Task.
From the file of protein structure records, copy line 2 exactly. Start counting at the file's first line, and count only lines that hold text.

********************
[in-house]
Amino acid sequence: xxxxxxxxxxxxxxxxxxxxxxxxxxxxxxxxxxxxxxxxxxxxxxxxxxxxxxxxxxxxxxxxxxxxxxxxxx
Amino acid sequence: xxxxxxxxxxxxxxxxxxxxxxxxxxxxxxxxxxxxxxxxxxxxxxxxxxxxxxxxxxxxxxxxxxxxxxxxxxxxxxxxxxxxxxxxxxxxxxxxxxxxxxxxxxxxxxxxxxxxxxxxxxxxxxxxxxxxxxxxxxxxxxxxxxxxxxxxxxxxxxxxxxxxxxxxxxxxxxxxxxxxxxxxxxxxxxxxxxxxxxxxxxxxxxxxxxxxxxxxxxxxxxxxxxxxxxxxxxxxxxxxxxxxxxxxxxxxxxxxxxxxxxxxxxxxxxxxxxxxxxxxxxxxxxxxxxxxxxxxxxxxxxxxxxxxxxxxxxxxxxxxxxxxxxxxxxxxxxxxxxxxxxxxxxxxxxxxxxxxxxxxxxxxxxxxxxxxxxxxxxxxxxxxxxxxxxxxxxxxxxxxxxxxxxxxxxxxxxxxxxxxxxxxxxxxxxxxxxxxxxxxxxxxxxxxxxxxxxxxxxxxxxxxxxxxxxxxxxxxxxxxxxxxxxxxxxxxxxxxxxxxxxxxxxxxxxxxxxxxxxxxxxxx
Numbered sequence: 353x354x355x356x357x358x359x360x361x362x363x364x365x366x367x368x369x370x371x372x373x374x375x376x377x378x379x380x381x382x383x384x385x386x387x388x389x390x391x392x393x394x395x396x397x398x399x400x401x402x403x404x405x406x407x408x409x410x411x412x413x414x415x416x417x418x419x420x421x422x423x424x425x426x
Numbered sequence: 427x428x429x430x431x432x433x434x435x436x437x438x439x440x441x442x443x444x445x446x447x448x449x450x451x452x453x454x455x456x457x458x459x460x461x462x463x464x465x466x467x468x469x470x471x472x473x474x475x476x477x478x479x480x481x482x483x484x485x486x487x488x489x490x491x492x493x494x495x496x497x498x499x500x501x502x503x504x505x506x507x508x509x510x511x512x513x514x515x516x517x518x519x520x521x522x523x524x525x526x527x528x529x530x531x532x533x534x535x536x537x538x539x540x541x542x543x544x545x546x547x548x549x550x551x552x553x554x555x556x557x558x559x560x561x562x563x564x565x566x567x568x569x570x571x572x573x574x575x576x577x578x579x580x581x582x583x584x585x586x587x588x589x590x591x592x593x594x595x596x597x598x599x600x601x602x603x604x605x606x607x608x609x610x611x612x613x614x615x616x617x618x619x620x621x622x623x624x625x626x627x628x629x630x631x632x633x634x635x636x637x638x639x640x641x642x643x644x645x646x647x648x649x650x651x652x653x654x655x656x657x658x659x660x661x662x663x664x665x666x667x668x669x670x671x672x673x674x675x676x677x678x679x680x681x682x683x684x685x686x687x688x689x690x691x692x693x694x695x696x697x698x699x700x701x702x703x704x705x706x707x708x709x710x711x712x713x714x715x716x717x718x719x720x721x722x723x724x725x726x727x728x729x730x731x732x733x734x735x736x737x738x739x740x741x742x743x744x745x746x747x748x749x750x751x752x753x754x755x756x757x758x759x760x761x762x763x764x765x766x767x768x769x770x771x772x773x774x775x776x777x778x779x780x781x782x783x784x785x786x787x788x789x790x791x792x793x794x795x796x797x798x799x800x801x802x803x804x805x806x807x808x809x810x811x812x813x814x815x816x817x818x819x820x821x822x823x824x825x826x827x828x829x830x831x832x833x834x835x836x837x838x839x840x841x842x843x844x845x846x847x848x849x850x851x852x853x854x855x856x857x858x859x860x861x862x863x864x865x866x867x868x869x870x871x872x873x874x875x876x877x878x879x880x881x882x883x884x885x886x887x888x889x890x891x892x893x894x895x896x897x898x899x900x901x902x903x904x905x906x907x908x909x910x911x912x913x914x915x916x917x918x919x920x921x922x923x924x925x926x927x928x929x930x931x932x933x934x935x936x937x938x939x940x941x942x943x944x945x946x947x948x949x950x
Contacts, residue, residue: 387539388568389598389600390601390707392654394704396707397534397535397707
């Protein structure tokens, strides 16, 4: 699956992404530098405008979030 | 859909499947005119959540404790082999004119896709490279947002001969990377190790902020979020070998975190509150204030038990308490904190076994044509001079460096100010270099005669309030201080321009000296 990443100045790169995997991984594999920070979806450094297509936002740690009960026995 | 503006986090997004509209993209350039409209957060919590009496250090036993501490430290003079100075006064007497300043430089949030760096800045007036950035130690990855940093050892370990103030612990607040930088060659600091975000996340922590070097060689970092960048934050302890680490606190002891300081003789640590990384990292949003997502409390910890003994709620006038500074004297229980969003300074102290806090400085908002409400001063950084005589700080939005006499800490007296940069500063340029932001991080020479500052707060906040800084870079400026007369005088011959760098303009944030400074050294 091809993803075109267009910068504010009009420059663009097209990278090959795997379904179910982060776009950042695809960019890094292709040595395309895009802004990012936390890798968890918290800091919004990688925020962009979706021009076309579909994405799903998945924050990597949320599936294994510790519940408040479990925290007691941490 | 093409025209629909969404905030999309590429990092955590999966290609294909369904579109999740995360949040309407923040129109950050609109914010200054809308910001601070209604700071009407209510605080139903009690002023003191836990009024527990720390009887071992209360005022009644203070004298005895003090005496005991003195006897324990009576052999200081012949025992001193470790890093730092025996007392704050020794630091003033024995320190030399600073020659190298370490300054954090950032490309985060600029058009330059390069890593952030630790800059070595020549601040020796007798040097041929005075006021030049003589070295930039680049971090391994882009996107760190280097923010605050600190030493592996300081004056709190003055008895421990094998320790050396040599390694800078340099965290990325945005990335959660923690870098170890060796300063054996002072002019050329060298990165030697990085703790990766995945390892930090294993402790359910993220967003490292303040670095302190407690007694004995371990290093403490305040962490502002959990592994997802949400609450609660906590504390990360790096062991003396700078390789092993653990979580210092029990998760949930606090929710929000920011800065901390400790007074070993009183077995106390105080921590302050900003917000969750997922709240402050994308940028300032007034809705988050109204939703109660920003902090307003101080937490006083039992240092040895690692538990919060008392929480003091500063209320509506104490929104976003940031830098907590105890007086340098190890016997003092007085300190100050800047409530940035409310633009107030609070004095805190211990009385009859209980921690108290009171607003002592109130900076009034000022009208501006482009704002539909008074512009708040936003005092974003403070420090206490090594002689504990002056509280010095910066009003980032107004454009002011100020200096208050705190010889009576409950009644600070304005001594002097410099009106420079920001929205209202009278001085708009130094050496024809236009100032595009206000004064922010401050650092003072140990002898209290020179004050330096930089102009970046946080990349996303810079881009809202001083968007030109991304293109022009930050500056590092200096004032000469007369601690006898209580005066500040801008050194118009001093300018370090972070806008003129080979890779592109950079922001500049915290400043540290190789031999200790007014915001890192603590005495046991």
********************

Amino acid sequence: xxxxxxxxxxxxxxxxxxxxxxxxxxxxxxxxxxxxxxxxxxxxxxxxxxxxxxxxxxxxxxxxxxxxxxxxxx